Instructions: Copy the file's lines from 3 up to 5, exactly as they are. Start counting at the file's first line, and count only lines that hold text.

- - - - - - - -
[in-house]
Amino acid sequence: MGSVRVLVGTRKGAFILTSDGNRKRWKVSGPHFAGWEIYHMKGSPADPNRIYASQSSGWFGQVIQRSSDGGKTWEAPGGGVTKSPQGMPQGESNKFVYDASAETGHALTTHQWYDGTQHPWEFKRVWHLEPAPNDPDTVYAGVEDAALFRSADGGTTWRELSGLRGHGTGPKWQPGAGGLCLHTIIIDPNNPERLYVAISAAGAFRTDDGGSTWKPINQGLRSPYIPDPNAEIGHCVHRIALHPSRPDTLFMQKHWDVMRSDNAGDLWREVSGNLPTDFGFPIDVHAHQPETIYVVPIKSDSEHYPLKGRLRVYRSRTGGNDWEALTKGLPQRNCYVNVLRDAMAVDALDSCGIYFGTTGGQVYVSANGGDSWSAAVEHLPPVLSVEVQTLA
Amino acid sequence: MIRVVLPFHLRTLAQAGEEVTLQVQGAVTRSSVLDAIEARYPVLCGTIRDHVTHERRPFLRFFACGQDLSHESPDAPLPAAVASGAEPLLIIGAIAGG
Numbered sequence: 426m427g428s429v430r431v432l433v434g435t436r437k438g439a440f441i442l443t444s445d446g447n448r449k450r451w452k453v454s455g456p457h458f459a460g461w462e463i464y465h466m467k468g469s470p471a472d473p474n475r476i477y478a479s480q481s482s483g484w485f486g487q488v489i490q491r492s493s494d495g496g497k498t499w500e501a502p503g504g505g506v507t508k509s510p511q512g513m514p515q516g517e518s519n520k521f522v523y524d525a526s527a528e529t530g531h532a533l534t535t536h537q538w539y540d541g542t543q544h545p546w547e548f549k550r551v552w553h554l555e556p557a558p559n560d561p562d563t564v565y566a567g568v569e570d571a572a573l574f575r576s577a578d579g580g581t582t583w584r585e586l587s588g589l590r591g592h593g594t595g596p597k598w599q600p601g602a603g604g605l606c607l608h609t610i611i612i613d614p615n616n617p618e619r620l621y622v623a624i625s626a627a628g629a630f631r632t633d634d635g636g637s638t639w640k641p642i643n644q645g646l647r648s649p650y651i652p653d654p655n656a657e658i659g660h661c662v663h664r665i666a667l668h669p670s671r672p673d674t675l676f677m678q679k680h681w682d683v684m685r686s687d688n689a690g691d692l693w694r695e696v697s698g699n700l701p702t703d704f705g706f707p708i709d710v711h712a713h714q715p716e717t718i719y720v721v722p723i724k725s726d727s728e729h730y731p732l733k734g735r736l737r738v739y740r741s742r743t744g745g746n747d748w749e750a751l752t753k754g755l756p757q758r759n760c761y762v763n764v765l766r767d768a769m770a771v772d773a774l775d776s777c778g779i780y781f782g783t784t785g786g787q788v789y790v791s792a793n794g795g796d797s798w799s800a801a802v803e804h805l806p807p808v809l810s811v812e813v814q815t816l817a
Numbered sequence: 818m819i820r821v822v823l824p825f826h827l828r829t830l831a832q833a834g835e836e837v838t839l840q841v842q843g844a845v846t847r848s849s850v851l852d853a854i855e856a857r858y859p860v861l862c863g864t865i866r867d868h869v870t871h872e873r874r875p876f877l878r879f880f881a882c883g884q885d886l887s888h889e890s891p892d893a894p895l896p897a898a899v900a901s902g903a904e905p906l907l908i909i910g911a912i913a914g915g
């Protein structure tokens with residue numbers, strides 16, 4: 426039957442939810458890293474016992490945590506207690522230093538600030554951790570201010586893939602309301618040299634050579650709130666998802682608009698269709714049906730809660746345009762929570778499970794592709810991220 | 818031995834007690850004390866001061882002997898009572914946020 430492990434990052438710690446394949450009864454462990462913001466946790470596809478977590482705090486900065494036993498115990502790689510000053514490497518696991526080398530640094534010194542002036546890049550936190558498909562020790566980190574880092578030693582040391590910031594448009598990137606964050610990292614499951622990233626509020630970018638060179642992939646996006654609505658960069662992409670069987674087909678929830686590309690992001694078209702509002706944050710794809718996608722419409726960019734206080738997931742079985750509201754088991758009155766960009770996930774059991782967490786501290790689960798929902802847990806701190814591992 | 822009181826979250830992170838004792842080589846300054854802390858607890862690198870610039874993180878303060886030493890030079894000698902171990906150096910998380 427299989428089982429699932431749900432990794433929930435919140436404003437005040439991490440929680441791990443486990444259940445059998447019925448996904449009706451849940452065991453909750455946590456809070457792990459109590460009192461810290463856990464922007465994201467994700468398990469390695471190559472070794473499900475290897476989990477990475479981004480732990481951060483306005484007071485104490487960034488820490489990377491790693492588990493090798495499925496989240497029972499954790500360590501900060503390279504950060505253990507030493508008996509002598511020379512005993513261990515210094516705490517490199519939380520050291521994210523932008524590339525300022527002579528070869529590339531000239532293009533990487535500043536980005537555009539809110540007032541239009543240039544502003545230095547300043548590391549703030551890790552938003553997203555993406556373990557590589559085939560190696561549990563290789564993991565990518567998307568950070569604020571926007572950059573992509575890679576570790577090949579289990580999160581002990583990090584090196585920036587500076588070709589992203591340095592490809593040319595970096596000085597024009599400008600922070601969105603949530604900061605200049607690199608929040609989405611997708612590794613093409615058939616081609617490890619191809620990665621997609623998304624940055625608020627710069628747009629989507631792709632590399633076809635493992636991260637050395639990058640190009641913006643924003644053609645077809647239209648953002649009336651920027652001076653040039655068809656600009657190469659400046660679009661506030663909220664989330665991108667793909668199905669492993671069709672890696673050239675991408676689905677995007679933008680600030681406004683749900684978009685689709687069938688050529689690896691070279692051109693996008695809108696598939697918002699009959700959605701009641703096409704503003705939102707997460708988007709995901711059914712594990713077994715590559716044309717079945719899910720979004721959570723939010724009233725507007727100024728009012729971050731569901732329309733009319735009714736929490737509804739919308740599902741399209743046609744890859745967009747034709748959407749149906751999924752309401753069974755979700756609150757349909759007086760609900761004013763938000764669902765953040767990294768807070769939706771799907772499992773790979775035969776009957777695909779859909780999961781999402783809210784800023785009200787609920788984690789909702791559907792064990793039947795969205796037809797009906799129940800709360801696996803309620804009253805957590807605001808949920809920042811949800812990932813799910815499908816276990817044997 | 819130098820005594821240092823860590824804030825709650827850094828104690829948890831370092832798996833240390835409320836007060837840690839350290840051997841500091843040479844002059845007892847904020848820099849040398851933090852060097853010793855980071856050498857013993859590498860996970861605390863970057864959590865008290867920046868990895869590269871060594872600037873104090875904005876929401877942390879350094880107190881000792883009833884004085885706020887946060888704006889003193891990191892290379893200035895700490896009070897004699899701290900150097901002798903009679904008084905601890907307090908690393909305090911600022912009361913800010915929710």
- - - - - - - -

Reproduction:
Amino acid sequence: MIRVVLPFHLRTLAQAGEEVTLQVQGAVTRSSVLDAIEARYPVLCGTIRDHVTHERRPFLRFFACGQDLSHESPDAPLPAAVASGAEPLLIIGAIAGG
Numbered sequence: 426m427g428s429v430r431v432l433v434g435t436r437k438g439a440f441i442l443t444s445d446g447n448r449k450r451w452k453v454s455g456p457h458f459a460g461w462e463i464y465h466m467k468g469s470p471a472d473p474n475r476i477y478a479s480q481s482s483g484w485f486g487q488v489i490q491r492s493s494d495g496g497k498t499w500e501a502p503g504g505g506v507t508k509s510p511q512g513m514p515q516g517e518s519n520k521f522v523y524d525a526s527a528e529t530g531h532a533l534t535t536h537q538w539y540d541g542t543q544h545p546w547e548f549k550r551v552w553h554l555e556p557a558p559n560d561p562d563t564v565y566a567g568v569e570d571a572a573l574f575r576s577a578d579g580g581t582t583w584r585e586l587s588g589l590r591g592h593g594t595g596p597k598w599q600p601g602a603g604g605l606c607l608h609t610i611i612i613d614p615n616n617p618e619r620l621y622v623a624i625s626a627a628g629a630f631r632t633d634d635g636g637s638t639w640k641p642i643n644q645g646l647r648s649p650y651i652p653d654p655n656a657e658i659g660h661c662v663h664r665i666a667l668h669p670s671r672p673d674t675l676f677m678q679k680h681w682d683v684m685r686s687d688n689a690g691d692l693w694r695e696v697s698g699n700l701p702t703d704f705g706f707p708i709d710v711h712a713h714q715p716e717t718i719y720v721v722p723i724k725s726d727s728e729h730y731p732l733k734g735r736l737r738v739y740r741s742r743t744g745g746n747d748w749e750a751l752t753k754g755l756p757q758r759n760c761y762v763n764v765l766r767d768a769m770a771v772d773a774l775d776s777c778g779i780y781f782g783t784t785g786g787q788v789y790v791s792a793n794g795g796d797s798w799s800a801a802v803e804h805l806p807p808v809l810s811v812e813v814q815t816l817a
Numbered sequence: 818m819i820r821v822v823l824p825f826h827l828r829t830l831a832q833a834g835e836e837v838t839l840q841v842q843g844a845v846t847r848s849s850v851l852d853a854i855e856a857r858y859p860v861l862c863g864t865i866r867d868h869v870t871h872e873r874r875p876f877l878r879f880f881a882c883g884q885d886l887s888h889e890s891p892d893a894p895l896p897a898a899v900a901s902g903a904e905p906l907l908i909i910g911a912i913a914g915g